No matter how rushed I always lended my ear, listening closely as he stuttered the name of the species in question shar-shar-shar-don mah-ree (chardon marie or "milk thistle"). His slight bégaiement only made him more endearing, and it was an exercise in French to coax those botanical words out of his mouth. 

1-Capture plein écran 21012014 093834-001

As I turn this book over and look at the photo on the back, I'm reminded of one of our last encounters. I can't quite identify the flower he is holding (les immortelles?), for that day I was more focused on the beholder. Just how many more chance meetings would there be?

Soonafter we decided to move, and my last visit with Mr Farjon mirrored the first. There he was on the side of the road, near a patch of wild dents de lion. I ran my car off the road and hurried across the street, feeling as scattered as a dandelion seed.

"Mr Farjon. I'm moving. It's been such a pleasure to know you..." At loss for a meaningful way to say goodbye, I reached down and gently plucked what some would regard as a pesky weed. 

Handing Monsieur the vibrant yellow flower that's strong enough to break free through concrete, I listened as he broke my heart.

"Adieu," Mr Farjon said with simplicity and with warmth. 

See you in heaven? So that was it? Did he not wish to see me again--or was he only being a realist (riding his bike from the village to our farm was one thing, but riding all the way to Mediterrannean sea.... No, not a possibility).

 After we moved to "appelation Bandol" Jean-Marc began another vineyard and I focused on my writing, collecting together stories from our time in Les Arcs (before we moved to Ste Cécile). When it came time to design a book cover, I stumbled once again across Mr Farjon--this time in my photo archives.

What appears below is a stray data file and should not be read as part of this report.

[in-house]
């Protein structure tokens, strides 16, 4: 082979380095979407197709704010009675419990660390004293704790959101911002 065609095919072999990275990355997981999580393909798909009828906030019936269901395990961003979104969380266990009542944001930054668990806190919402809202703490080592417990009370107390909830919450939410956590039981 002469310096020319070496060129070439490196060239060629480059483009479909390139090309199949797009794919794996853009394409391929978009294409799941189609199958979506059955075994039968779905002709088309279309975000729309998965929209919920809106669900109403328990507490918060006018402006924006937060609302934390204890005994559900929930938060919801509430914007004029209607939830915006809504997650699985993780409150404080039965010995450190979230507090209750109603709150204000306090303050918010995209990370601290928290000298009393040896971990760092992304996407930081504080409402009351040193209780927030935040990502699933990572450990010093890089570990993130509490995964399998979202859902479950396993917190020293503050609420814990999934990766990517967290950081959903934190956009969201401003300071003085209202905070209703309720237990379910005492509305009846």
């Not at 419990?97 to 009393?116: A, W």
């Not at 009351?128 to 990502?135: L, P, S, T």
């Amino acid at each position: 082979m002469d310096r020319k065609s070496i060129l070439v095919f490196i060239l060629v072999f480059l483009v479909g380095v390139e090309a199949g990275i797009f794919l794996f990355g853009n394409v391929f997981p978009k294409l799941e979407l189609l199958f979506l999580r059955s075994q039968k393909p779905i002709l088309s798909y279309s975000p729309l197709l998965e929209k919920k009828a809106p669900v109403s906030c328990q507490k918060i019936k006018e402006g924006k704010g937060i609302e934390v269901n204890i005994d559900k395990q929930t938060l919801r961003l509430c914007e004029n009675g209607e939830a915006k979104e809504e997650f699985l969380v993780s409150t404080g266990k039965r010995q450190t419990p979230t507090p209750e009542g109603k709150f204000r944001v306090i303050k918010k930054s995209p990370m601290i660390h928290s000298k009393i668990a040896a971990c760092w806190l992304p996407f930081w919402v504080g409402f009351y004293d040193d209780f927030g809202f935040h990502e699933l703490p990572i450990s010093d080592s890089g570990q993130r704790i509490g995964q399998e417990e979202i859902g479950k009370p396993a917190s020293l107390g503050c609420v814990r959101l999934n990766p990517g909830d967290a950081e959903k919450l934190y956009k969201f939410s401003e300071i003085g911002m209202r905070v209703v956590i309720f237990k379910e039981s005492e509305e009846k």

No, I couldn't use his picture... or if I did I'd have to ask. That meant I would have to contact him--Mr See You in Heaven! But what if he was already in heaven?...  

No, I didn't want to find out. Then, one morning last week I got up the courage to call his niece at her vineyard. This time I was the one stuttering.

"Je... je... je voudrais utiliser l'image de votre oncle...."

Mireille said she would pass along the message and get back with me. A few days after that I received this letter by email:

Bonjour, Kristi

Je viens de voir Robert ce matin et je lui ai montré ton projet. Il est tout à fait d'accord pour que tu imprimes sa photo. Il garde un très bon souvenir de ton passage à Ste Cécile.  Il m'a dit qu'il avait réalisé une centaine de fiches botaniques et qu'il les avait déposé à l'Espace Culturel de Ste Cécile.  

A très bientôt Mireille

Hello Kristi

Just saw Robert this morning and I showed him your project. He is entirely OK with your printing his photo. He holds a wonderful memory of your stay in Sainte Cécile. He told me he has written a hundred or so botanical papers and dropped them off at the cultural center in Sainte Cécile.

See you soon,